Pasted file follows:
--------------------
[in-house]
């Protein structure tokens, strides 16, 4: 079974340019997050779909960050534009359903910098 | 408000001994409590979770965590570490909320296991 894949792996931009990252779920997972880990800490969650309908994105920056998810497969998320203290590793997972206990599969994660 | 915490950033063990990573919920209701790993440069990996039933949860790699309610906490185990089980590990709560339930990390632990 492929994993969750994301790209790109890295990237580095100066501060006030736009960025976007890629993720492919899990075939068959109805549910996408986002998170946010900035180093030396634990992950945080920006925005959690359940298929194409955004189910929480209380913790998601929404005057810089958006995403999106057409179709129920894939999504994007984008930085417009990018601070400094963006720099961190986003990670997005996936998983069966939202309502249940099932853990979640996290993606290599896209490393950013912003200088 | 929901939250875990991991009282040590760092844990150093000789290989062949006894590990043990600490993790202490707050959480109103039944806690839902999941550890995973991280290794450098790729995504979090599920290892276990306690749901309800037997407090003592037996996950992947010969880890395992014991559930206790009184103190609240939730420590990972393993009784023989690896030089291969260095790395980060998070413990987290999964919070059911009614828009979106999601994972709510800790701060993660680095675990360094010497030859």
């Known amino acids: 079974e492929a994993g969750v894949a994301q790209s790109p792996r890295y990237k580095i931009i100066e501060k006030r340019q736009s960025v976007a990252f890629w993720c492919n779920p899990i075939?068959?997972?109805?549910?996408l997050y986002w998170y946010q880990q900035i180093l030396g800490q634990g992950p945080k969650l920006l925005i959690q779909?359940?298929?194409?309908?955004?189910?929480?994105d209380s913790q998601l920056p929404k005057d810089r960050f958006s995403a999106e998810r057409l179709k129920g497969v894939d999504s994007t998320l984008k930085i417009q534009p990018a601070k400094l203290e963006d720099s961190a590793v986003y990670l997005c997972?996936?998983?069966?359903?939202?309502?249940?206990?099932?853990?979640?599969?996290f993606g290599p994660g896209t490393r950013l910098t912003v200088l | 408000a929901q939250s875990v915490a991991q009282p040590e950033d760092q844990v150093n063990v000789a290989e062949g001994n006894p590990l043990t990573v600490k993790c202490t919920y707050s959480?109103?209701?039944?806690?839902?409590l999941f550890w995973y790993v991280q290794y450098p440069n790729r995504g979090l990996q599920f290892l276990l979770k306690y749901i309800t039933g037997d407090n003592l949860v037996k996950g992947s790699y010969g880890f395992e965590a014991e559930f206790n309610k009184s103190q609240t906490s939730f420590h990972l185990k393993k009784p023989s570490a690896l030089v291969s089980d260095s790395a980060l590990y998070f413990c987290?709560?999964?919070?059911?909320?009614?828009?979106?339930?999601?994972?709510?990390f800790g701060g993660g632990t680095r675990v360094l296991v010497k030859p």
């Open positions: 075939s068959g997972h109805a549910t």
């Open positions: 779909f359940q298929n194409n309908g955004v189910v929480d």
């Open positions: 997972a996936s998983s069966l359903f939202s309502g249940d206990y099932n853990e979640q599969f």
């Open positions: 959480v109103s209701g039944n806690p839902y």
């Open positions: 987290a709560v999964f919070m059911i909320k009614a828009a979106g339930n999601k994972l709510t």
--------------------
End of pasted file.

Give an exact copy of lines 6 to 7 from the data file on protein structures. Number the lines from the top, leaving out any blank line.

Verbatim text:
């Open positions: 997972a996936s998983s069966l359903f939202s309502g249940d206990y099932n853990e979640q599969f």
């Open positions: 959480v109103s209701g039944n806690p839902y």